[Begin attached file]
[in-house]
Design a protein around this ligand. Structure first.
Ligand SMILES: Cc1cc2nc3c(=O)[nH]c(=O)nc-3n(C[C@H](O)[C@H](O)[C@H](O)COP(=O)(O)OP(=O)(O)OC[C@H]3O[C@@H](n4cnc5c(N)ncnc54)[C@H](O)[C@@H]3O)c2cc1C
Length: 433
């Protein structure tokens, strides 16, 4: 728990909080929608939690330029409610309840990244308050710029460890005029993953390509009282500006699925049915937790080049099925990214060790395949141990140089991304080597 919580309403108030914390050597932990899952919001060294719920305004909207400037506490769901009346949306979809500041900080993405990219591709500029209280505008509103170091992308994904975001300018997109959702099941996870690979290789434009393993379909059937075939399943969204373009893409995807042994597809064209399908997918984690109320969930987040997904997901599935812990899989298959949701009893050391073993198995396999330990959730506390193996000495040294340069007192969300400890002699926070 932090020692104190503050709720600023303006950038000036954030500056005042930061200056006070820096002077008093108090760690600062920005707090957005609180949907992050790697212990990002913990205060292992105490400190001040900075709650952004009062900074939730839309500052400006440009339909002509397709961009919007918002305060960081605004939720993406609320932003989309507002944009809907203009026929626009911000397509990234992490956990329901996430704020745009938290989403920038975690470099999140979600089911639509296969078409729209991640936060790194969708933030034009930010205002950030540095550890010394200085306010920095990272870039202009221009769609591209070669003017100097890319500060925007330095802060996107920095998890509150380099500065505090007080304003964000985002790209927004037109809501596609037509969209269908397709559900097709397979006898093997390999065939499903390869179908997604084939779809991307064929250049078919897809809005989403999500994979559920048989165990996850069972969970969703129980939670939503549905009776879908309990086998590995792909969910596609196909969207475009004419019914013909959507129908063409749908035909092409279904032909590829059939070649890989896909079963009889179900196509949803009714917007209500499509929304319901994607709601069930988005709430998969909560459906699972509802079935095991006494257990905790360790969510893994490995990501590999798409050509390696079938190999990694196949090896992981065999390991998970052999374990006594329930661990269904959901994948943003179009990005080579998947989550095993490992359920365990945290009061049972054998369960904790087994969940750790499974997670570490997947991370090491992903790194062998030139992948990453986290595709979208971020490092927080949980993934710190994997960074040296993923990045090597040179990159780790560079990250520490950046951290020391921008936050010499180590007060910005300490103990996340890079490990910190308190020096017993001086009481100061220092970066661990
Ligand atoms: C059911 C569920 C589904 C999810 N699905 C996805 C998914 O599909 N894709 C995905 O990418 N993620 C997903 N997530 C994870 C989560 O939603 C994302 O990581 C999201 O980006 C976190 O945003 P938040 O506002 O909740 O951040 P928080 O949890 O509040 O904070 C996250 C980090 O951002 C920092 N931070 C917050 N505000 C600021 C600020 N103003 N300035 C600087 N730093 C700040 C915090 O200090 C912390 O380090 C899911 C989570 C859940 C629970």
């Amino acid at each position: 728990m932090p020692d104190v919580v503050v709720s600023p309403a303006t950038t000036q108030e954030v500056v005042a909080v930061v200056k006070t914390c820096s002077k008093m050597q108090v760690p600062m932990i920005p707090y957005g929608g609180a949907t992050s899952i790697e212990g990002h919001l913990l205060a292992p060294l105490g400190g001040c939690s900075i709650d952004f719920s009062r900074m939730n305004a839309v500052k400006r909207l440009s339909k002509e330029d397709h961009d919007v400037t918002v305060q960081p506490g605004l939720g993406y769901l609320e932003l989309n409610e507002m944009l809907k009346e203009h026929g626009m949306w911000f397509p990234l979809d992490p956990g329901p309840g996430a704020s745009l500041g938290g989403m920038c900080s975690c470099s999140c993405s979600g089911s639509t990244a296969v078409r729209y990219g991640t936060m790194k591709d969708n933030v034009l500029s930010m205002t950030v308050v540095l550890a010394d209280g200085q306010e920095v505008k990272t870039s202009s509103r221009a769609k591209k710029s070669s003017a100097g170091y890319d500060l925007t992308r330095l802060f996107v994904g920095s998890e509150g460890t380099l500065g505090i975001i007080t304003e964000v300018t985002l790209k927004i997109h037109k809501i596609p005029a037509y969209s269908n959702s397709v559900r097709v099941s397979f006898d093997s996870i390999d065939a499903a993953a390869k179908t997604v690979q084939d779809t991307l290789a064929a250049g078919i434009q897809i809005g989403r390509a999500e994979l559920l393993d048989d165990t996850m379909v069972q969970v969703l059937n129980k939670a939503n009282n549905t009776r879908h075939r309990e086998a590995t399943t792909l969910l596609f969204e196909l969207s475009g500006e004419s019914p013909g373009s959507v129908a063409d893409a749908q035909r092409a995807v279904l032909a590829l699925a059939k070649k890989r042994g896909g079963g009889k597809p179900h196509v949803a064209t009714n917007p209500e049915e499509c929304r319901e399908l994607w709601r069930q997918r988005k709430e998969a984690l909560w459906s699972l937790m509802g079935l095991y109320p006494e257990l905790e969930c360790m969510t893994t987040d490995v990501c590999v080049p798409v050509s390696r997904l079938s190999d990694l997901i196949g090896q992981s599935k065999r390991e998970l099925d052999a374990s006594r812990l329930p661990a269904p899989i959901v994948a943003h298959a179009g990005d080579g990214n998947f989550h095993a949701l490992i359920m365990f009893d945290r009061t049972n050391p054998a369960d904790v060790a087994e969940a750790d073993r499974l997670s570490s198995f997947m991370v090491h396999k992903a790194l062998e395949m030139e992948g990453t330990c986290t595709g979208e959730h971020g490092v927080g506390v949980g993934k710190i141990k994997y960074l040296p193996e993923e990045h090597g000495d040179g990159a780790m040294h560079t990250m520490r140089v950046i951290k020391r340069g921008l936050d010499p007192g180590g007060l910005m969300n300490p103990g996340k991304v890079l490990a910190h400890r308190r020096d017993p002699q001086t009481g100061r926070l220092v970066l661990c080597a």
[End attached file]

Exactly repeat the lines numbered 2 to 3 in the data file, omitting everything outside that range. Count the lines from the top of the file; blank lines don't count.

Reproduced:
Design a protein around this ligand. Structure first.
Ligand SMILES: Cc1cc2nc3c(=O)[nH]c(=O)nc-3n(C[C@H](O)[C@H](O)[C@H](O)COP(=O)(O)OP(=O)(O)OC[C@H]3O[C@@H](n4cnc5c(N)ncnc54)[C@H](O)[C@@H]3O)c2cc1C